Tuesday, May 30, 2017

Going For Distance Using Animal Exercise



Yesterday for Memorial Day, I went into the dungeon to do something a little different than the regular dice game i've been doing for playouts. This game was interesting as it involves some Distance Training but with a little flare. First off from the wall to the end of my mats in the garage is 16ft in length; so going back and forth would be 32 ft. I decided that when I roll for an animal I would go up and come back doing that animal. How many revolutions can you do?

I'm not a fan of running or jogging so I adapt to whatever keeps me interested. In this case; the animals. Now unlike Jogging you won't last very long going for distance straight through unless you're a maniac but for the sake of cardio per-se and throwing in that fat burning idea that animal moves give you; let's see how far you travel or stop to take a breather then keep going. How many yards did you do? What was the distance going up and going back? Do you do it fast or do it slow?

Mixing things up can boost your brain power and overall conditioning however because the animal moves have you going in all different directions; your body is strengthened in ways other methods won't do. Go for distance some time. Yesterday I did 21 revolutions going back and forth of 32 ft. That's a total of 672 ft, divide that by 3 and you get 224 yards. That's quite a stretch of distance for doing animal movements. This is conditioning in another unique way to challenge your body in all sorts of ways. Some people only do 50 yards in the beginning and that's fine; build yourself up.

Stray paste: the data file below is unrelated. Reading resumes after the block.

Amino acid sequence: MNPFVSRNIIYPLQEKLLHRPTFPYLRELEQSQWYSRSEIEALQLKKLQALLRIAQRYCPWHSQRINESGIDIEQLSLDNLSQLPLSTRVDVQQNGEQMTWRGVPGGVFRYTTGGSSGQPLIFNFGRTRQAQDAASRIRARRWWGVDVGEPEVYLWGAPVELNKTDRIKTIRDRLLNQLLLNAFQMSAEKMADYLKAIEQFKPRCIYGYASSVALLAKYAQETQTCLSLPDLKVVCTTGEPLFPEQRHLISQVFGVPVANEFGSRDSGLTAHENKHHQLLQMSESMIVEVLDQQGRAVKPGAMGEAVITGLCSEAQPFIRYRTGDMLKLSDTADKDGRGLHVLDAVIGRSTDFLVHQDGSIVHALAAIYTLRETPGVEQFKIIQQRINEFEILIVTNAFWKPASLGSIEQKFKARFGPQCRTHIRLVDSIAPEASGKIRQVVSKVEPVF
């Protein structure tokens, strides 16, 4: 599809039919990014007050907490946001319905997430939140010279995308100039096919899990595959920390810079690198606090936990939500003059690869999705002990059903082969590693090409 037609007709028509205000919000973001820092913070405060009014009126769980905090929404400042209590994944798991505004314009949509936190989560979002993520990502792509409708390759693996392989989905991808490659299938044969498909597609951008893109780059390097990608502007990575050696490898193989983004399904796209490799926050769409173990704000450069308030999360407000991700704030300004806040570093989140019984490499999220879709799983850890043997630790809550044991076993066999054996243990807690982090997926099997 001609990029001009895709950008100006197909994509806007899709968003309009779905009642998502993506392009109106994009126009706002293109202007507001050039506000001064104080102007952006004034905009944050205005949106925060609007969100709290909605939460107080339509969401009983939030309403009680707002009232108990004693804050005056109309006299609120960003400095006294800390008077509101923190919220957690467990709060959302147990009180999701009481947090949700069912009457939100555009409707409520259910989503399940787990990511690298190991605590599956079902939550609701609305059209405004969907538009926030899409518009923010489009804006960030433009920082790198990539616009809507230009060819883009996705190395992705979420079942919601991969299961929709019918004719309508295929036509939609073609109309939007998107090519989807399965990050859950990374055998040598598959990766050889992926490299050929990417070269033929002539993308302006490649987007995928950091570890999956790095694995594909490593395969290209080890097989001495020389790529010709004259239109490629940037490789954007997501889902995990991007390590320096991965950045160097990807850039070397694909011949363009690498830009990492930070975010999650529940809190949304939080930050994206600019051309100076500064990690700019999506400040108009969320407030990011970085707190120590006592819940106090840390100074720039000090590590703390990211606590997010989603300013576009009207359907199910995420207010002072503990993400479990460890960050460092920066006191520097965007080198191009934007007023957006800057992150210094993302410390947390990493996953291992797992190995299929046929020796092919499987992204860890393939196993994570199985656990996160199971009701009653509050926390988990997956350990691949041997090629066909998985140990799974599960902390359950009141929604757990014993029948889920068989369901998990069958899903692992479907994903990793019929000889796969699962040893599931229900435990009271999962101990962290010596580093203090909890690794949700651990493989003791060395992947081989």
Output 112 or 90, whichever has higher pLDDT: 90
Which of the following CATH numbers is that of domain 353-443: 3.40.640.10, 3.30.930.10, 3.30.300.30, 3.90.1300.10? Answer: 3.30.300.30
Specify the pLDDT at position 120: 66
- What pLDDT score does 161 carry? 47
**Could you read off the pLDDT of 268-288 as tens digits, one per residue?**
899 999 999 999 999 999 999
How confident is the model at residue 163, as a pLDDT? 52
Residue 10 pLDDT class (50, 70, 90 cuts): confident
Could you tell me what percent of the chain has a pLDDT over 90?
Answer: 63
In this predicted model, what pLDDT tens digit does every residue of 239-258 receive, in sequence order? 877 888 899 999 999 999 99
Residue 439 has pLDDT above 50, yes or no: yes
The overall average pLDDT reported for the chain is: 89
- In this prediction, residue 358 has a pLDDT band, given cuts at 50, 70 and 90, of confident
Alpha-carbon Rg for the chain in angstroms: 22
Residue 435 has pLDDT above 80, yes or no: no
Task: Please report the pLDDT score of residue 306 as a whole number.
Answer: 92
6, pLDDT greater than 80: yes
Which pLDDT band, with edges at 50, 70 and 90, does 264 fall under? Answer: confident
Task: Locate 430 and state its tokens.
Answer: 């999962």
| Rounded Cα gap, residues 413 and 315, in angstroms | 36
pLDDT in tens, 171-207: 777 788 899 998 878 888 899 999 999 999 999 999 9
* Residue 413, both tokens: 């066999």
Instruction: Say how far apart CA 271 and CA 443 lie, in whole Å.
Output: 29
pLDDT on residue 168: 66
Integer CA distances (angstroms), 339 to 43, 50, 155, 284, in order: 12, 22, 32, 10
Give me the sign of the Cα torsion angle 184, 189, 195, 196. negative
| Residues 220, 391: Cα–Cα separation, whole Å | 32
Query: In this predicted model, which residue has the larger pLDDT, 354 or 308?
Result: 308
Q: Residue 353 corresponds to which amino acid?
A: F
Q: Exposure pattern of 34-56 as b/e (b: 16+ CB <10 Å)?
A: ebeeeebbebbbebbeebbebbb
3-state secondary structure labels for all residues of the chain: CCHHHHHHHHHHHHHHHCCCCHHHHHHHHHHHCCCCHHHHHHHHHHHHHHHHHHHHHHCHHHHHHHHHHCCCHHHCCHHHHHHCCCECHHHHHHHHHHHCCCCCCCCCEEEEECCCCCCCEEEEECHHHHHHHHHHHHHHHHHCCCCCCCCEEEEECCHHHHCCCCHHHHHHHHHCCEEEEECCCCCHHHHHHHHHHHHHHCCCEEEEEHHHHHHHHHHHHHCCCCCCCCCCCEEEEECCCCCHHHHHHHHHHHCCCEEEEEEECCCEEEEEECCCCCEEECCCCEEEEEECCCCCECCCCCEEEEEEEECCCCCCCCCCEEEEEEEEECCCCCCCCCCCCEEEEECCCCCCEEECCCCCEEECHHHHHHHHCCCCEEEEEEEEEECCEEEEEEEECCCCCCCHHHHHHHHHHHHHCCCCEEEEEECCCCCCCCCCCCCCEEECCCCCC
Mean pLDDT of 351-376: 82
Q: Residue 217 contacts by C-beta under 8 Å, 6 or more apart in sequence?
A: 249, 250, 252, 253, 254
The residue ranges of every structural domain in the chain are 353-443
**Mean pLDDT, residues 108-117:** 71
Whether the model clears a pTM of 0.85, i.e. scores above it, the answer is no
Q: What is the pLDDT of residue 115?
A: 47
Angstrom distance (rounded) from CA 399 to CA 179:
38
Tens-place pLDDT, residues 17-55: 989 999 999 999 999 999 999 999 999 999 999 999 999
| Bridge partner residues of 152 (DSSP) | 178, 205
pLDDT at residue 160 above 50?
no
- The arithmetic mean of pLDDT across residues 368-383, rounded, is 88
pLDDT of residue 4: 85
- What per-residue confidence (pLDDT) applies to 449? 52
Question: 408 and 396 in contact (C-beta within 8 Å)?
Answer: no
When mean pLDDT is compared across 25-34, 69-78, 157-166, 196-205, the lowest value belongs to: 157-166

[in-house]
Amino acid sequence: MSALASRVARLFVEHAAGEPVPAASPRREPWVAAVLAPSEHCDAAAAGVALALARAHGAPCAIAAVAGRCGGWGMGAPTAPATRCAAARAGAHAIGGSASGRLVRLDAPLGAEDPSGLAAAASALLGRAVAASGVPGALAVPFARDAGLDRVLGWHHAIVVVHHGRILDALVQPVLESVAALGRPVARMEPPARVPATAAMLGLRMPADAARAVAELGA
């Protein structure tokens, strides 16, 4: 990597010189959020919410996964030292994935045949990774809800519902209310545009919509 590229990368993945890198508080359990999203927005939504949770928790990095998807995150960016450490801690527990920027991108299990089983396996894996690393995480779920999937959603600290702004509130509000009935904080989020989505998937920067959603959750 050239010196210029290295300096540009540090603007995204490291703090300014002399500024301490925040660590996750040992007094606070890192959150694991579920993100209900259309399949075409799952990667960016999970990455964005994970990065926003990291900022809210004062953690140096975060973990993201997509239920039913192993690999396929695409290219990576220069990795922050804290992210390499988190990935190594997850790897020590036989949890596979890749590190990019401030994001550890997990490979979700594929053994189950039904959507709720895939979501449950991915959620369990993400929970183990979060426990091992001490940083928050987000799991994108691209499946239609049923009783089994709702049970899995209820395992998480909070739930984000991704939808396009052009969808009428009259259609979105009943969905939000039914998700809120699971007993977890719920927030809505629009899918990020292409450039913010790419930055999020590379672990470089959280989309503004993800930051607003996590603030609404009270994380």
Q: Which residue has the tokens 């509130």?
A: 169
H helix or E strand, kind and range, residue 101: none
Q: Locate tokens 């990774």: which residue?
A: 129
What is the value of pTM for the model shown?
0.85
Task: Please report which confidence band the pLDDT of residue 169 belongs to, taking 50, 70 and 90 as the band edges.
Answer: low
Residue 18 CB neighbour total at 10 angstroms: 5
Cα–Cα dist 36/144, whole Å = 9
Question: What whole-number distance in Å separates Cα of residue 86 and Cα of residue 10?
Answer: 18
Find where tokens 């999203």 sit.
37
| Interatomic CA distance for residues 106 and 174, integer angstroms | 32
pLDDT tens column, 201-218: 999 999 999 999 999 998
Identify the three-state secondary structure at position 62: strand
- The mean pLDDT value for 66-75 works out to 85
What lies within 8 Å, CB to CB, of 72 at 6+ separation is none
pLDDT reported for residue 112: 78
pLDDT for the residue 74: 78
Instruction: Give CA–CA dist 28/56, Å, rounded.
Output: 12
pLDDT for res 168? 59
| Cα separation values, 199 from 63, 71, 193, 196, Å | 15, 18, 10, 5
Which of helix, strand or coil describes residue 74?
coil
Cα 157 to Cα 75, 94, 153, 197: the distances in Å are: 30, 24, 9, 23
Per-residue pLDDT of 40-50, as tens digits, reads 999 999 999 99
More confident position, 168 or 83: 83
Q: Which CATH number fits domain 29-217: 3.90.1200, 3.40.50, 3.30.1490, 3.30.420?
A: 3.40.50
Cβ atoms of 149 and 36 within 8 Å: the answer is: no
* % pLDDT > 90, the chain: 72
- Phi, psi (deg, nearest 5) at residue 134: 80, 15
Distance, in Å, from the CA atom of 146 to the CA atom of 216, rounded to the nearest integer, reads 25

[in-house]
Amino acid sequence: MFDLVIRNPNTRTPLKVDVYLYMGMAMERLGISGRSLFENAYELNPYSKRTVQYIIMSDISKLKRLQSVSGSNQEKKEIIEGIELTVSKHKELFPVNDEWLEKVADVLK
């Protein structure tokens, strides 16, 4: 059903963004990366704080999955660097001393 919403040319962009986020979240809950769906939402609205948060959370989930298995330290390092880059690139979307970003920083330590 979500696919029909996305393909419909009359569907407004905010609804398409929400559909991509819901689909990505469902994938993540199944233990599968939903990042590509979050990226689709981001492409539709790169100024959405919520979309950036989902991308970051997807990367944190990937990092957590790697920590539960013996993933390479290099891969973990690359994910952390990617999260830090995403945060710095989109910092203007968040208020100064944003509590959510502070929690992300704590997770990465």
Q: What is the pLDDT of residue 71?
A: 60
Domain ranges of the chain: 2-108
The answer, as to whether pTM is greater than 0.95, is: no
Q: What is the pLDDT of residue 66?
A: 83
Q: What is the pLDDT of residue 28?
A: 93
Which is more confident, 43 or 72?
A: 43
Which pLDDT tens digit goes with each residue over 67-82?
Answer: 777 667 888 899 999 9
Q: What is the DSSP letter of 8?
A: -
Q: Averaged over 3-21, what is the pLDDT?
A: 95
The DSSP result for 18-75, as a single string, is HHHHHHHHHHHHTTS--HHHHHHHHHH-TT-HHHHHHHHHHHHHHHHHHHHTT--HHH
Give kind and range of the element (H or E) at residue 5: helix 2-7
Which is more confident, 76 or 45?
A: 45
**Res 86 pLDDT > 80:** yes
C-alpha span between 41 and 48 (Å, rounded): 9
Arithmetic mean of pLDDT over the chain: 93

There's a fine line doing 400 meters sprinting on two feet than it is to do the same length doing the bear crawl; most people can't do it because not only are you using twice as many limbs but you're also challenging your balance and speed. You can go even slower creating a "migrating" Playout where you test your endurance instead of going faster. Try for 500 yards at a slower pace than doing 70 yards at a maximum speed. When you do the jumping animals; do as few jumps as possible because if you do short jumps it's going to be tougher. Here's a playout that will test you in your strength endurance (something I plan on doing one day).....

Bear Crawl 100 Yards

Gorilla Walk 90 Yards

Frog Jump 80 Yards

Tiger Walk 70 Yards

Duck Walk 60 Yards

Alligator Walk 40 Yards

Rabbit Hop 30 Yards

Crab Walk 20 Yards

Seal Walk 10 Yards

That's 500 all together. Rest when needed.

This would be the only playout for the rest of the day because once you do it and have completed it, you'll be spanked. When you get to a point where you're resting less and less, your conditioning will skyrocket and you'll be handling your competition like nobody's business. If you're a combat athlete, this will give you a boost of conditioning that can help you last in the cage or ring for quite a bit. Animals utilize multiple muscle groups and tackle the body greater than on 2 limbs. They give you explosive power, strength unlike anything else (and its functional) and your endurance will go further through the roof than many other exercises can attempt.

I still have a ways to go but if i'm at nearly 230 yards already, i'm nearly halfway there pretty quick. I love animal training and it builds me up like nothing else has. Squats and Push-ups are amazing but to me nothing gets me fired up more than an animal move.


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